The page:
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Today’s News - Tuesday, October 30, 2018

●  Kubey's introduction to "Housing as Intervention: Architecture towards Social Equity," a 17-essay volume, is a must-read: "In exceptional cases, architects around the world are bringing their unique expertise to bear on complex housing challenges - and developing new typologies and materials strategies, all while creating beautiful buildings."

●  Dukmasova's contribution to Places' ongoing series "The Inequality Chronicles" is a must-read: She takes a deep dive into Chicago and Cook County: "The question that Chicagoans now face is the same all Americans confront. How do you do good work within a broken system?" (check out Memphis, Houston, and Baltimore reports, too!).

●  It's back to the drawing board for SOM and its design for two towers on the former Chicago Spire site - until a number of issues that must be addressed, like eliminating the hotel rooms, "this project remains stalled."

●  On a brighter note, Yale architecture students' 2018 Jim Vlock Building Project in New Haven is an "innovative" two-family timber home for the formerly homeless, and "one of the first instances of cross-laminated timber used for a house."

●  Moore, at the other end of the scale, marvels at Zumthor's Secular Retreat - "a simply miraculous piece of architecture" for de Botton's Living Architecture program: "It's a gliding swan of a building, propelled unseen by furiously paddling feet - a work of conjoined opposites and subtle fictions, of light-heavy, local-foreign, natural-artificial and domestic-monumental."

●  A look at how historic Sears warehouse buildings are proving to be "an object lesson in how a city benefits when historic preservation meets adaptive reuse" - the one-million-square-foot building in Boston is undergoing "a restoration to its warehouse roots, an integration with its neighborhood and an infusion of zest and style."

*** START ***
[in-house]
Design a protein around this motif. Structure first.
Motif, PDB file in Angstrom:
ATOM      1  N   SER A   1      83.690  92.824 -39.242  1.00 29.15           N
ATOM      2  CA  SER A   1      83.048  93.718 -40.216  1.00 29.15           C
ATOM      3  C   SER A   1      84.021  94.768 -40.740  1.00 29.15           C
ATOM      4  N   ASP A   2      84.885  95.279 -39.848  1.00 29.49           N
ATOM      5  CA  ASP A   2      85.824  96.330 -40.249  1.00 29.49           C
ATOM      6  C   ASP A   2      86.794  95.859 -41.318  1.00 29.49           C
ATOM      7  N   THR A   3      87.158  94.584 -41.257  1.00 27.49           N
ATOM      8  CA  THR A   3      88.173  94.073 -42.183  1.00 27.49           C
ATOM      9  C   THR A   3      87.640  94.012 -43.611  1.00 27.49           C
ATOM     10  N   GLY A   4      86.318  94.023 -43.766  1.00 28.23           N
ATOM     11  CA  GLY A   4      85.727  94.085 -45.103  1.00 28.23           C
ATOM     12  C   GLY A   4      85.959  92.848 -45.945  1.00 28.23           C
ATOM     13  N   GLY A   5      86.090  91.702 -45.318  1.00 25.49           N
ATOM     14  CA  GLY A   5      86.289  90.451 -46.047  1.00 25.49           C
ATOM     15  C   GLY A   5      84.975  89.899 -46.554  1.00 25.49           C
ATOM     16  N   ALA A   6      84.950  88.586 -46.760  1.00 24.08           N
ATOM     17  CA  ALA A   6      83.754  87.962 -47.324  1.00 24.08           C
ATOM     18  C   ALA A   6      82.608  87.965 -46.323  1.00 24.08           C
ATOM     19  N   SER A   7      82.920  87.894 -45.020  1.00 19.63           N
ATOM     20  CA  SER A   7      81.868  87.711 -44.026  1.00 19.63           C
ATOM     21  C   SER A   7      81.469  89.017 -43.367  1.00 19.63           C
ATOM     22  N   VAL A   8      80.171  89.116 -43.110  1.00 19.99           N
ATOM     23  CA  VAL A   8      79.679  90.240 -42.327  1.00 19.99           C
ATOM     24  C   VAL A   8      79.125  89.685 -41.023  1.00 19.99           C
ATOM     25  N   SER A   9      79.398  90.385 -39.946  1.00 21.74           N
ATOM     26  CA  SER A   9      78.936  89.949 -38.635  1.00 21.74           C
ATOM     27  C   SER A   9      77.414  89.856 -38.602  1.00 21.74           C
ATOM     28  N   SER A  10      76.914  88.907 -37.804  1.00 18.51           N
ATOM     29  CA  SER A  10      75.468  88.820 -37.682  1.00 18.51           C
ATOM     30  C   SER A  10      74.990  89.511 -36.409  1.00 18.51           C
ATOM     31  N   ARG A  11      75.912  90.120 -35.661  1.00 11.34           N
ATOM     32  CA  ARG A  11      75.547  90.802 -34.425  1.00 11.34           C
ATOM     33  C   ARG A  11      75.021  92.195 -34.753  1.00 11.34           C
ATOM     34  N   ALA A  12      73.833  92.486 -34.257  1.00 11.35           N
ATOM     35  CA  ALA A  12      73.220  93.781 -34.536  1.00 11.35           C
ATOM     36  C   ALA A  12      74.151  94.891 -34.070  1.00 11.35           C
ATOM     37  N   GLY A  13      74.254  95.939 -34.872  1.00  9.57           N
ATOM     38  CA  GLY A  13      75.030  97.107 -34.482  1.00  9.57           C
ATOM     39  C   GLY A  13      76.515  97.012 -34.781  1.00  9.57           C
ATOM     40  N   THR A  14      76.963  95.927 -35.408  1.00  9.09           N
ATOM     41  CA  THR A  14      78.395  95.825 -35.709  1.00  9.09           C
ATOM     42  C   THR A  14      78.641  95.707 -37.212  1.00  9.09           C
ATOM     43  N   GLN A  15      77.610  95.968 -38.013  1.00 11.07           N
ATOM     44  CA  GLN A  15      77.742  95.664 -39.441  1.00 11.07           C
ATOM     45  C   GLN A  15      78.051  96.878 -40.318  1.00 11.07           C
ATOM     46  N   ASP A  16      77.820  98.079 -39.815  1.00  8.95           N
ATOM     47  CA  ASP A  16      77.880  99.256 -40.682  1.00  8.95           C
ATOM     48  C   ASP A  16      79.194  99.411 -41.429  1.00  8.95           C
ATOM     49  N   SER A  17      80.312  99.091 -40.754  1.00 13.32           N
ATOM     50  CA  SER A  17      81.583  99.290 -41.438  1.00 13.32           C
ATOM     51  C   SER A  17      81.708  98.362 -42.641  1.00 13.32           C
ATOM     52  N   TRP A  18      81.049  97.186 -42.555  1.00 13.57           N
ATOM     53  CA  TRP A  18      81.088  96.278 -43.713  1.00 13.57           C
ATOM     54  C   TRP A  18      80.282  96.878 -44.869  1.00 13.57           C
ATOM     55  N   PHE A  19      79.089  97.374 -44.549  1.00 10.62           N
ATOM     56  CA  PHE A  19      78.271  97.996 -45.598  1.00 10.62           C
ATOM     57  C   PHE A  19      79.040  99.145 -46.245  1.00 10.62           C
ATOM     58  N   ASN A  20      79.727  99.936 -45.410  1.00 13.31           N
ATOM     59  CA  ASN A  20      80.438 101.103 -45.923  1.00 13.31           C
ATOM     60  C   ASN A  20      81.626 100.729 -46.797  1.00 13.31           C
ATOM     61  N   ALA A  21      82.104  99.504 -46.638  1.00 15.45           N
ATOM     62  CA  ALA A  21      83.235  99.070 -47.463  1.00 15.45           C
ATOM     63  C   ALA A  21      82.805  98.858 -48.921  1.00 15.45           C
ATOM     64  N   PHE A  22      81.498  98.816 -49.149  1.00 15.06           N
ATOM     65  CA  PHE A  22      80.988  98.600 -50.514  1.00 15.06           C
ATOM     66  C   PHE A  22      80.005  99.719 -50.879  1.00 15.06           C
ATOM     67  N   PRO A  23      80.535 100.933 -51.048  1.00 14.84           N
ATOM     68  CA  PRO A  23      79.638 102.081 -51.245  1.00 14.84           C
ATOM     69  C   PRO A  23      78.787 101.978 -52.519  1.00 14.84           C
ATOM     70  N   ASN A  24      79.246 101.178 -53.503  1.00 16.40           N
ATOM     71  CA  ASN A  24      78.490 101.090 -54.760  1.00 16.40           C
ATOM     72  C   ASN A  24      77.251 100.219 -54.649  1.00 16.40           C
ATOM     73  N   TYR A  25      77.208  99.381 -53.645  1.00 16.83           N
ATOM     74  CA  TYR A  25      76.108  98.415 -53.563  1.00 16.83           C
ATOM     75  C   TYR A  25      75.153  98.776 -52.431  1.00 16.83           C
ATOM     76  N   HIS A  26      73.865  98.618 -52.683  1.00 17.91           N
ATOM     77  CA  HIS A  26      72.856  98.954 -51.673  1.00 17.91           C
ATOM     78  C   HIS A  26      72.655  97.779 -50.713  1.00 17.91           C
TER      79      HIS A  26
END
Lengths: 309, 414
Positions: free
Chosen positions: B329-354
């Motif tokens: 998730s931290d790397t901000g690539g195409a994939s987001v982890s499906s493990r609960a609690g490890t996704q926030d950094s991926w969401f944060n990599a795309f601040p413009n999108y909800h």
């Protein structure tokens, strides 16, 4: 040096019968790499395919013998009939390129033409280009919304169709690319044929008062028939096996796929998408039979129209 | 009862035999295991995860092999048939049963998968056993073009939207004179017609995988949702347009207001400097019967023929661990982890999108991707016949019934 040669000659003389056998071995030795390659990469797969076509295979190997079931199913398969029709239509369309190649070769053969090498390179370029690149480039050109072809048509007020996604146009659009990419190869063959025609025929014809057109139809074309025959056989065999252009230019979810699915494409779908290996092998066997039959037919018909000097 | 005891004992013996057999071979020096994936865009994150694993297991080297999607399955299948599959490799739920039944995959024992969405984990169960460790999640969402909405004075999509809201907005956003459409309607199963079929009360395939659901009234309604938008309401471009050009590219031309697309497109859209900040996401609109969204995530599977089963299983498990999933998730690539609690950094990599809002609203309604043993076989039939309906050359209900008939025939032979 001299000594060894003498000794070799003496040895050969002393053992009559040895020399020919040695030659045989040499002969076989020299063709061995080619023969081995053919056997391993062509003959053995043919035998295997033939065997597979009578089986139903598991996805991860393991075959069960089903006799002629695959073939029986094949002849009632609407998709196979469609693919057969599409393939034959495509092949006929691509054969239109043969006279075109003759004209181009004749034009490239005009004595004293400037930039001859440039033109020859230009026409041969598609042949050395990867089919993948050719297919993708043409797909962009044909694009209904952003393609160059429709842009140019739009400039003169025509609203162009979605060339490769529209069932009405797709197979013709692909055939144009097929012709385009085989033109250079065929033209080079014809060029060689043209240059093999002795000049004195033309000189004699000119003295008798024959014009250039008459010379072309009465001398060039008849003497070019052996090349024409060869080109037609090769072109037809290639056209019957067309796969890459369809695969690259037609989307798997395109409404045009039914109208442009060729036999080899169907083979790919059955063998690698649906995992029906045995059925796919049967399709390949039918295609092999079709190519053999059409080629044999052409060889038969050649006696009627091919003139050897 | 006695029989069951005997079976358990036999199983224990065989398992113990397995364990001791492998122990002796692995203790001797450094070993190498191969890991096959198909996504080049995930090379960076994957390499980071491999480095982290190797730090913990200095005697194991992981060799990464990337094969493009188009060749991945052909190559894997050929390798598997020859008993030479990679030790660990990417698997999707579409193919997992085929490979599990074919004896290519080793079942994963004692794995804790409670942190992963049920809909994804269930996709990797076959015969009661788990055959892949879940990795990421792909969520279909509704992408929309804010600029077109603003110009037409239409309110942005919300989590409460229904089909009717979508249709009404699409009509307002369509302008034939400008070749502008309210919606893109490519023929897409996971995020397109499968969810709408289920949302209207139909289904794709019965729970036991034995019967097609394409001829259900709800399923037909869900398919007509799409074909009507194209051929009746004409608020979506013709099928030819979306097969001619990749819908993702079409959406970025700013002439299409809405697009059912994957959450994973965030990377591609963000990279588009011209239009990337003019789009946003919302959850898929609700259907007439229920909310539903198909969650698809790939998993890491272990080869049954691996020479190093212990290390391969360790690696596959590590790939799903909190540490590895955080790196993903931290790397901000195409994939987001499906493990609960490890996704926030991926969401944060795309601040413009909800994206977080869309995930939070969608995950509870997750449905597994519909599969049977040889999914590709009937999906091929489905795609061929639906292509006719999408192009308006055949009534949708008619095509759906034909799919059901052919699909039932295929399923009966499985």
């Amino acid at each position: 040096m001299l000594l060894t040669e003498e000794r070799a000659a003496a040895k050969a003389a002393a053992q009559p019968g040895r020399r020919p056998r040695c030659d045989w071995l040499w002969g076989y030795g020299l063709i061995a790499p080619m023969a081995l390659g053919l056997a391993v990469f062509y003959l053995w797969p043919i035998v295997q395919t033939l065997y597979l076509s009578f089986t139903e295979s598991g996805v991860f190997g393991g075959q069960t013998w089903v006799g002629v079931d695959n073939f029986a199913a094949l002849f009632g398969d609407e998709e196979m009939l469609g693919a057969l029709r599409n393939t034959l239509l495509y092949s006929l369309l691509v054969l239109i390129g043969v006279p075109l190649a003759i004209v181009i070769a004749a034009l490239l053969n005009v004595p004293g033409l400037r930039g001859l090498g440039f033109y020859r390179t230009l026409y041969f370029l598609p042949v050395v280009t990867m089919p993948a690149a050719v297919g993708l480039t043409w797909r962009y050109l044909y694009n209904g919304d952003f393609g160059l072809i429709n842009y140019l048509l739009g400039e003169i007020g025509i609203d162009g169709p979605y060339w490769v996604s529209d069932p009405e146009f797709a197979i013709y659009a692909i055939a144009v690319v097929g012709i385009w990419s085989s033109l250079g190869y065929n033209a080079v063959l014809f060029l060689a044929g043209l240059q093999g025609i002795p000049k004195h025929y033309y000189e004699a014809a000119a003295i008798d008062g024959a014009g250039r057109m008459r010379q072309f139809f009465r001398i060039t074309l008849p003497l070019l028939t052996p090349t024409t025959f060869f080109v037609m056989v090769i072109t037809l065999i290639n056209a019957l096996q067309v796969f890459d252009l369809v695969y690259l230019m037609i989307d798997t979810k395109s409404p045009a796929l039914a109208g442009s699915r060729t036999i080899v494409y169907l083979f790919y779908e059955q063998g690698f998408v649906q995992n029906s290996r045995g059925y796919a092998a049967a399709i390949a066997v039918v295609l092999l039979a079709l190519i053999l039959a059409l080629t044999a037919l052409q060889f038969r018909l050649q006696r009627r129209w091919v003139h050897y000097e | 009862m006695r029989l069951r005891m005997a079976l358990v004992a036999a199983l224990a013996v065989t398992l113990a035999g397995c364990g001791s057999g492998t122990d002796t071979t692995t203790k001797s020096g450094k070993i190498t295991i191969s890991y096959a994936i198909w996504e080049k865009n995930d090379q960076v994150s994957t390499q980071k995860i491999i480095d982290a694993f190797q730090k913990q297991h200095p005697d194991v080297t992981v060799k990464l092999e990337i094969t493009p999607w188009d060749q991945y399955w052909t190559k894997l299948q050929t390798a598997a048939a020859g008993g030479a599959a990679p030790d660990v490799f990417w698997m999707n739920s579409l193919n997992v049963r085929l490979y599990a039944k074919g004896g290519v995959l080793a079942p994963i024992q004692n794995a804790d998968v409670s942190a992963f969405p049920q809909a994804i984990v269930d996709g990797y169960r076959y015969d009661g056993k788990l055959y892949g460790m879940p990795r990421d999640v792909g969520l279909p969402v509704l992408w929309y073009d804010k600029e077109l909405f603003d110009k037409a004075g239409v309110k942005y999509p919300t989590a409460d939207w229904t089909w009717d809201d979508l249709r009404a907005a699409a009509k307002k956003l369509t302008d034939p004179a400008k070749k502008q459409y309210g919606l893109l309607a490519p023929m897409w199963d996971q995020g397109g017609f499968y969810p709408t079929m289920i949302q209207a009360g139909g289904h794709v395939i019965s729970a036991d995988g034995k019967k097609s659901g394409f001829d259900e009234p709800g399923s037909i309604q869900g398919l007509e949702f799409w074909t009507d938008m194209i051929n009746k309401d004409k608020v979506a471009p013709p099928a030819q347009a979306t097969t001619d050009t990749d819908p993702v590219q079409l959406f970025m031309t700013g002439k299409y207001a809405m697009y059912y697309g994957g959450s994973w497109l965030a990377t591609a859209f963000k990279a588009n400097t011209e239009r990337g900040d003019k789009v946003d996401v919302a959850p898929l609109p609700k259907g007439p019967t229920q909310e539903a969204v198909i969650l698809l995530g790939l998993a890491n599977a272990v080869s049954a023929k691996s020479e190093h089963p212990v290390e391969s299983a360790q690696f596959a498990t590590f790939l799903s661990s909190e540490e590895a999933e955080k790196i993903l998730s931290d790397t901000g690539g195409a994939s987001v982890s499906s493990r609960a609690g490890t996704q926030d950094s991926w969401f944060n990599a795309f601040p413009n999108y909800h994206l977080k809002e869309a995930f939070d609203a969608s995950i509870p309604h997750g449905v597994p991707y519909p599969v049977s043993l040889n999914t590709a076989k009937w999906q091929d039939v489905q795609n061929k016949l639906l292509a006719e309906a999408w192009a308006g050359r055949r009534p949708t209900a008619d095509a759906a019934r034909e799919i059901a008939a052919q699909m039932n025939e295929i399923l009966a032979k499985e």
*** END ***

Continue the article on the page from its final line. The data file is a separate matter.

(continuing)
●  A "rare exhibition" (now closed) was "a desperate call to save" Niemeyer's "vast grey grounds" of the Tripoli International Fair from ruin; Lebanese architect Wassim Naghi is "not optimistic about any immediate intervention by the government," but getting on UNESCO's World Heritage List may help.

●  On a lighter note, a look at "the second lives of the Serpentine Pavilions."

●  Our hearts go out to those impacted by the deadly storms in Italy - in Venice, "rising floodwaters overwhelmed many of its famed squares and walkways, with officials saying as much as 75% of the city is now submerged" (astounding images!).

Strolling the green path:

●  Sisson walks us through the evolution of Miami's Underline, "a 10-mile, $120 million transit corridor and public space" - and one of the "most intriguing park projects" around. "The trick, as always, will be balancing growth with maintaining affordability and neighborhood character."

●  In Greenville, South Carolina, a new park will "unite two formerly segregated parks" - and will not shy away from the city's racist history.

●  Green offers viewing options for a Van Valkenburg-led virtual reality tour of Brooklyn Bridge Park, "a prominent example of how to transform abandoned post-industrial waterfronts into spaces for people and wildlife. These spaces litter cities and represent so much untapped potential."

An NYC kind of week; deadline announced for one of our fave competitions; and winners all:

●  Van Alen Institute's 6-day City-Making from the Outside In launches today.

●  On Thursday, Architectural Record's Innovation Conference, "Urban Futures: Architecture at Every Scale," includes an impressive line-up of speakers and events.

●  Call for entries: 2019 ULI Hines Student Competition (big cash prizes for winners and finalists).

●  The Association of Licensed Architects announced the winners of its 20th Annual ALA Design Award Competition.

●  The winner of the Oscar Niemeyer Award for Latin American Architecture is "a concrete performing arts venue - inspired by the Aztec ruins it borders" in Cuernavaca, Mexico.

ICYMI:

●  Deadline looms! rise in the city 2018: Call for mentors (no fee; deadline: October 31!) and sponsors for an international student competition to design affordable housing in the capital of Lesotho, in Southern Africa.

●  ANN feature: Weinstein parses "Frederic Church's Olana on the Hudson: Art, Landscape, Architecture" that "combines resplendent photography with essays reflecting architectural myopia."


  


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